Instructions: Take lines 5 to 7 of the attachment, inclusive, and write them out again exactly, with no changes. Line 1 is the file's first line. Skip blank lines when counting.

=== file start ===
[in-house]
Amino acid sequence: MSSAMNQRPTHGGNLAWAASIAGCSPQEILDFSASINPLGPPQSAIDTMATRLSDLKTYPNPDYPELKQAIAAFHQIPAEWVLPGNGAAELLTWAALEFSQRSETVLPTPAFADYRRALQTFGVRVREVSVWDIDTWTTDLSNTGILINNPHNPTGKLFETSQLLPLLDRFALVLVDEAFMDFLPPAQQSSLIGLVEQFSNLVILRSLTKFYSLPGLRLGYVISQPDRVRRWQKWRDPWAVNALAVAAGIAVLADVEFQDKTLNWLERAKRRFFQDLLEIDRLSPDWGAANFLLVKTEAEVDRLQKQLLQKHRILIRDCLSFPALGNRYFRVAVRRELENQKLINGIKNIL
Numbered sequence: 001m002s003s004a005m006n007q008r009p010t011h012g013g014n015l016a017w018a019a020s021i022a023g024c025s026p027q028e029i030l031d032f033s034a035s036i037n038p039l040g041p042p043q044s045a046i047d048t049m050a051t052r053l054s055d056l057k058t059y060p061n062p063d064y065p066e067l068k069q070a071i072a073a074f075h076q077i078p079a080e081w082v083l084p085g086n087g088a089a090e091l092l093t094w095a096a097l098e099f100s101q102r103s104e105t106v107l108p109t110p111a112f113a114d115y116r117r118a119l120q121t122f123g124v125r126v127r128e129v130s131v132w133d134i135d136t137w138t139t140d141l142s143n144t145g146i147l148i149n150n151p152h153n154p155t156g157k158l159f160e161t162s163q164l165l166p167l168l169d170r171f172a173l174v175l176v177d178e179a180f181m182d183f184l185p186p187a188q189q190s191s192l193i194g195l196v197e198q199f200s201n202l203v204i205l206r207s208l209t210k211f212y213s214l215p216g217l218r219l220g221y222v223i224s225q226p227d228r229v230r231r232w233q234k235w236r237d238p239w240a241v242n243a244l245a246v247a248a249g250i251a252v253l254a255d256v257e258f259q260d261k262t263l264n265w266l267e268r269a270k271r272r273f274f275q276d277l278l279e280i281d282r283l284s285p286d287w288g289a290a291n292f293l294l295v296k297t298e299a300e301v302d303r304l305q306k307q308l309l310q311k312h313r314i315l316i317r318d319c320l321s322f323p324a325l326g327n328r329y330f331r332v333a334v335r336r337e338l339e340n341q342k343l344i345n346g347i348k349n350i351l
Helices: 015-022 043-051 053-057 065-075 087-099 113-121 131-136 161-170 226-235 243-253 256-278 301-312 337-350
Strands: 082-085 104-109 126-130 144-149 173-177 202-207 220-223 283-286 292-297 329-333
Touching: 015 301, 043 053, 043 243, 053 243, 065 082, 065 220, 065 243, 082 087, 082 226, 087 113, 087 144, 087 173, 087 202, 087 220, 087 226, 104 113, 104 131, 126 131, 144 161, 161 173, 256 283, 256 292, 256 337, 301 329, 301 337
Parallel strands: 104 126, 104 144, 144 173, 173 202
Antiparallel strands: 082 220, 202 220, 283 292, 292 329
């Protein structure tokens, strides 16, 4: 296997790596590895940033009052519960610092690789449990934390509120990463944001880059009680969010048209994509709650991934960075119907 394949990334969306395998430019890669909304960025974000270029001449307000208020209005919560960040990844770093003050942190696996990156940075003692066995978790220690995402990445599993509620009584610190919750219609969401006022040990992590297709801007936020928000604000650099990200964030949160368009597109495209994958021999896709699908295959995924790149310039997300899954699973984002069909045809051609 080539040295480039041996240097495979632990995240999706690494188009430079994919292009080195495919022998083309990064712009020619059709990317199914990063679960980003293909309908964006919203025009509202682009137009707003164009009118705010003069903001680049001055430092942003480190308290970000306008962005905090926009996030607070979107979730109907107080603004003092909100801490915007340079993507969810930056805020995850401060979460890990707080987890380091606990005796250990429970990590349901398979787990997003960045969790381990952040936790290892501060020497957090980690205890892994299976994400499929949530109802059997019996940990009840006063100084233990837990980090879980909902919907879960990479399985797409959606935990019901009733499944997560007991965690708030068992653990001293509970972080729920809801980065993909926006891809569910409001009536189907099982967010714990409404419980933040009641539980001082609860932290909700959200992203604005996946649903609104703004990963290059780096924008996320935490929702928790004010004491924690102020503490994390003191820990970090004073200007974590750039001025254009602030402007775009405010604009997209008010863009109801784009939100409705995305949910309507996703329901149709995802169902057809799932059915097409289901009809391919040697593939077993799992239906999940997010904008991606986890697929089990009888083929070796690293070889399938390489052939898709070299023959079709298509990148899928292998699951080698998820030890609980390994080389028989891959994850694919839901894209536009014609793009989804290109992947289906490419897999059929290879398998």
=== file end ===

Strands: 082-085 104-109 126-130 144-149 173-177 202-207 220-223 283-286 292-297 329-333
Touching: 015 301, 043 053, 043 243, 053 243, 065 082, 065 220, 065 243, 082 087, 082 226, 087 113, 087 144, 087 173, 087 202, 087 220, 087 226, 104 113, 104 131, 126 131, 144 161, 161 173, 256 283, 256 292, 256 337, 301 329, 301 337
Parallel strands: 104 126, 104 144, 144 173, 173 202